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Being mindful of prepositional pairings shows your devotion to clean and clear writing. Whenever you are unsure of a prepositional pairing, be sure to look it up in a style or grammar book.

If you have a wider interest in good grammar and want to infuse more of it into your writing, a great website to visit, review and bookmark is www.grammarbook.com.

Word Choice: Small Is Still Better Than Big

The true size of the English language is often debated and probably impossible to determine. Those who do try to quote the count tend to agree that English includes about 250,000 to 300,000 distinctly usable words.

The second edition of the 20-volume Oxford English Dictionary (2009) comprises 171,476 words in current use; 47,156 obsolete words; and another 9,500 derivative words as subentries (a total of 228,132).

The estimate of an English speaker’s vocabulary varies more widely. Some say the average person has 5,000 to 6,000 words for retrieval. Others say 10,000 to 20,000. In a May 2013 web article, The Economist used its own test results to measure that an adult native’s vocabulary ranged from 20,000 to 35,000 words. William Shakespeare was said to have had a word bank that soared as high as 60,000.

Of perhaps even greater note, whatever the size of your vocabulary, many agree that most of us draw from a main base of up to 1,000 words to express ourselves—which leads to why we’re discussing big versus small.

Words’ primary function is to convey our thoughts, ideas, wishes, and opinions. If people have a vocabulary of 5,000 words on the low end and 35,000 on the high (we won’t include Shakespeare), but they often rely on a core 1,000, we can deduce that a part of our language will be understood by all.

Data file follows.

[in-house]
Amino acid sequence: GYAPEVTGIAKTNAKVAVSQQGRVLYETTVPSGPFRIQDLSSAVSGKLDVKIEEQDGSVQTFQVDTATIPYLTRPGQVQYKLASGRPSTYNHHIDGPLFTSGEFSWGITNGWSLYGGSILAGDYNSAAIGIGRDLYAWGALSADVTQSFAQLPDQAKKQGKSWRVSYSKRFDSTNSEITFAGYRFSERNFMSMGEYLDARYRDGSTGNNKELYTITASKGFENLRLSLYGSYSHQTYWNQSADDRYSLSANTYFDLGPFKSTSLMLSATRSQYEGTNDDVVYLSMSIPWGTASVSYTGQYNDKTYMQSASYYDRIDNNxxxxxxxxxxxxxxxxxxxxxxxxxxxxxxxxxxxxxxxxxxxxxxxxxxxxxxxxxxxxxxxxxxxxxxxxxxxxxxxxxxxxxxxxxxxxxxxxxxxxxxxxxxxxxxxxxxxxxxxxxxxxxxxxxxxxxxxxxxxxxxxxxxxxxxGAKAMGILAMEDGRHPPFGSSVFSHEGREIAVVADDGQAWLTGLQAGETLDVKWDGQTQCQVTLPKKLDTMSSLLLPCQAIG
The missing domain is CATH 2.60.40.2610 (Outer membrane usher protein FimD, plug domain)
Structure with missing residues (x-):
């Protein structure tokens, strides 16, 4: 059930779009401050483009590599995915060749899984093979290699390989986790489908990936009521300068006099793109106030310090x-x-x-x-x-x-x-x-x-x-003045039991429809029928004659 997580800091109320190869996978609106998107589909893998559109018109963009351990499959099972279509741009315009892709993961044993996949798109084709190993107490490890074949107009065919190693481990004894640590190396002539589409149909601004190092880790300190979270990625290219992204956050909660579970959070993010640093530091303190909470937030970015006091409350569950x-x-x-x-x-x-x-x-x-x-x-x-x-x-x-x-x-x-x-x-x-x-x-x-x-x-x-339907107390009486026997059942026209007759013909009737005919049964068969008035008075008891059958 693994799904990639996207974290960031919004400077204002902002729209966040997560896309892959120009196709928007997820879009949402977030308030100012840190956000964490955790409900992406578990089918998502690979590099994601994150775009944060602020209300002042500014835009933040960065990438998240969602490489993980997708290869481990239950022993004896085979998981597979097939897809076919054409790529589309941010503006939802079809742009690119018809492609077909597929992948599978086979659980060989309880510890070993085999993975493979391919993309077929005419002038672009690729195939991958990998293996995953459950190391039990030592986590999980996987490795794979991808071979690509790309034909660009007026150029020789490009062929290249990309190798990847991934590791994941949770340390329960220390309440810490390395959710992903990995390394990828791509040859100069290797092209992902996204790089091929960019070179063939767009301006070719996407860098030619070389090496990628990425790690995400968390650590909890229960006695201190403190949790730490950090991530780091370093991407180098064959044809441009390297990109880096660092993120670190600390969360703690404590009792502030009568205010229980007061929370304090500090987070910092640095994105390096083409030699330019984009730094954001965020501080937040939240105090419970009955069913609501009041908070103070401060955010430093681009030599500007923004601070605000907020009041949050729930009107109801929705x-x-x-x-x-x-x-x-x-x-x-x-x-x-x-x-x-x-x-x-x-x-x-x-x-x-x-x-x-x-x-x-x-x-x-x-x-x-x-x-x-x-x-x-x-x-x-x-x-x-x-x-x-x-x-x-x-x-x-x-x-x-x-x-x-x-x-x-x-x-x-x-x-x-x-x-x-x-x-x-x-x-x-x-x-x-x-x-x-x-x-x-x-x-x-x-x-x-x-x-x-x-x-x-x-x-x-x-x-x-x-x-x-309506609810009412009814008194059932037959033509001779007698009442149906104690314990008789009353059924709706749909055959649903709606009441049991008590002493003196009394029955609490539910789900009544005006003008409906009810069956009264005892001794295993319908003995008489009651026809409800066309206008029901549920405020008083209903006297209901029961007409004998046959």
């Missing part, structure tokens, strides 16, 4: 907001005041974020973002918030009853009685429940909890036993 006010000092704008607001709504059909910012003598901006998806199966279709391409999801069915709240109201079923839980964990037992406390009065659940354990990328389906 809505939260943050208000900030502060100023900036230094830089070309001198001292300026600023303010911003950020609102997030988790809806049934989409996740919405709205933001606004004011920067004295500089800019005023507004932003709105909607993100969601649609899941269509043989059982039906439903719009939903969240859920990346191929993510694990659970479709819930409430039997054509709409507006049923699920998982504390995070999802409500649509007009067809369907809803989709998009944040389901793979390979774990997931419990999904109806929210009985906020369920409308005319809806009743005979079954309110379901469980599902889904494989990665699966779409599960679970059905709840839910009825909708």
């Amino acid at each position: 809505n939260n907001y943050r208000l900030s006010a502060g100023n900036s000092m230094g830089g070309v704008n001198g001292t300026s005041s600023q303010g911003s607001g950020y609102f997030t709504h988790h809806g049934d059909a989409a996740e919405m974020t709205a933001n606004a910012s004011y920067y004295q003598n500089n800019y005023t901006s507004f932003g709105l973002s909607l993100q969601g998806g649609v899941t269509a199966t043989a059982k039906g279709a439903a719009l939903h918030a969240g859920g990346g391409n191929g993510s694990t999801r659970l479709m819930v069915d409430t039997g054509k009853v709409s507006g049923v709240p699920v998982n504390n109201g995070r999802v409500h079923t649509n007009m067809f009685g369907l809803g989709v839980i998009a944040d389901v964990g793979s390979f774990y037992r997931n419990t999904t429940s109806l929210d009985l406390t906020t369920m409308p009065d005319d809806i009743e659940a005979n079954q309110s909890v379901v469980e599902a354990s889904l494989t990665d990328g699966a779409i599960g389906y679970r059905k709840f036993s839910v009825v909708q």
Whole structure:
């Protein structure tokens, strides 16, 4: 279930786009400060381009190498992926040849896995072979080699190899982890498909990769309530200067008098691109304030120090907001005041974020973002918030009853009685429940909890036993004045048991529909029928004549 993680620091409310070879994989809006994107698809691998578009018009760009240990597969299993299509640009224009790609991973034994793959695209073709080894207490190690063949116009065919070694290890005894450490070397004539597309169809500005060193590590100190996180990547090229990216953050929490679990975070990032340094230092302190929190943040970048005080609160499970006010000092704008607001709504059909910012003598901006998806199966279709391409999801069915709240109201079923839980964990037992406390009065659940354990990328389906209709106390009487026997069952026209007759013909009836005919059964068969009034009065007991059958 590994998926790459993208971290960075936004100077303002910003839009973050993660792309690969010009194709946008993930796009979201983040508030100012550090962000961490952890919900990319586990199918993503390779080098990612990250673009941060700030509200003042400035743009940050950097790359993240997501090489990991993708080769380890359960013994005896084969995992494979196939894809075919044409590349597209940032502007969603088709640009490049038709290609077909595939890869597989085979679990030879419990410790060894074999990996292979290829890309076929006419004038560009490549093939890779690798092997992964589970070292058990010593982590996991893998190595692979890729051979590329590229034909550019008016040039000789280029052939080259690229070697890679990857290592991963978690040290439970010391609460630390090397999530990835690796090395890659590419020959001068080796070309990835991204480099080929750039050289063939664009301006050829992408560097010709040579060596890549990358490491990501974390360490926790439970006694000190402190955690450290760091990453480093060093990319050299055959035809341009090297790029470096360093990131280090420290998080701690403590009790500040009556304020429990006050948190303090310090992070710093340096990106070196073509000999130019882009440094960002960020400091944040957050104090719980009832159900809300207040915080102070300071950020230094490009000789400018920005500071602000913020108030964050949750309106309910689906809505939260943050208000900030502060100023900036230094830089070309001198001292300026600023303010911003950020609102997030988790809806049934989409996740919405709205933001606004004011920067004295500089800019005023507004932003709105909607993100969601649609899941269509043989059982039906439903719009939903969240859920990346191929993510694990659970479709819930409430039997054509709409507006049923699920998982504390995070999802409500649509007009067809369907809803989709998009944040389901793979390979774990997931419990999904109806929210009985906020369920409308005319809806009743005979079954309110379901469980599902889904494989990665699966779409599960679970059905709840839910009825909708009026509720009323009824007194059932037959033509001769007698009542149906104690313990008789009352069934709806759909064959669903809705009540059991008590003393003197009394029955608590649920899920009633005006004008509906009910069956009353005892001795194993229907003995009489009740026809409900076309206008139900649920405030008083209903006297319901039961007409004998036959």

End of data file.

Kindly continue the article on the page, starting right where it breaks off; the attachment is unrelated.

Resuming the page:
A look at just one list of the 1,000 most common words shows almost all have three or fewer syllables. We use a smaller, simpler index because it ensures greater clarity and easier processing, which leads to greater trust, which leads to greater credibility.

A Princeton University study determined that using big words can even make people look, well, not so smart. When it comes to words, small beats big, and clear outfoxes complex.

The (superb) website GrammarBook.com has touched on this in Resolutions for Word Nerds (see #4). It has also cited where a four- or five-star word can be acceptable and even desirable (Big Words We Can Use).

Overall, expressive and persuasive writing blends the diverse, pointed, and evocative words available to us. Some will be big, and some will be small. In everyday communication, however, less is more in making sure we’re quickly understood, especially in an age of content overload.

Here’s but a start on keeping your writing ready to convert from big to small:

Instead of / Use

abstemious / restrained or moderate

anachronistic / out of date

auspicious / promising

circuitous / indirect

circumlocution / wordiness

conviviality / cheer

enervating / tiring

hypothesis / theory

jubilation / joy

magnanimous / selfless

ostentatious / flashy or showy

parsimonious / frugal

perfidious / shady or corrupt

perspicacious / alert or aware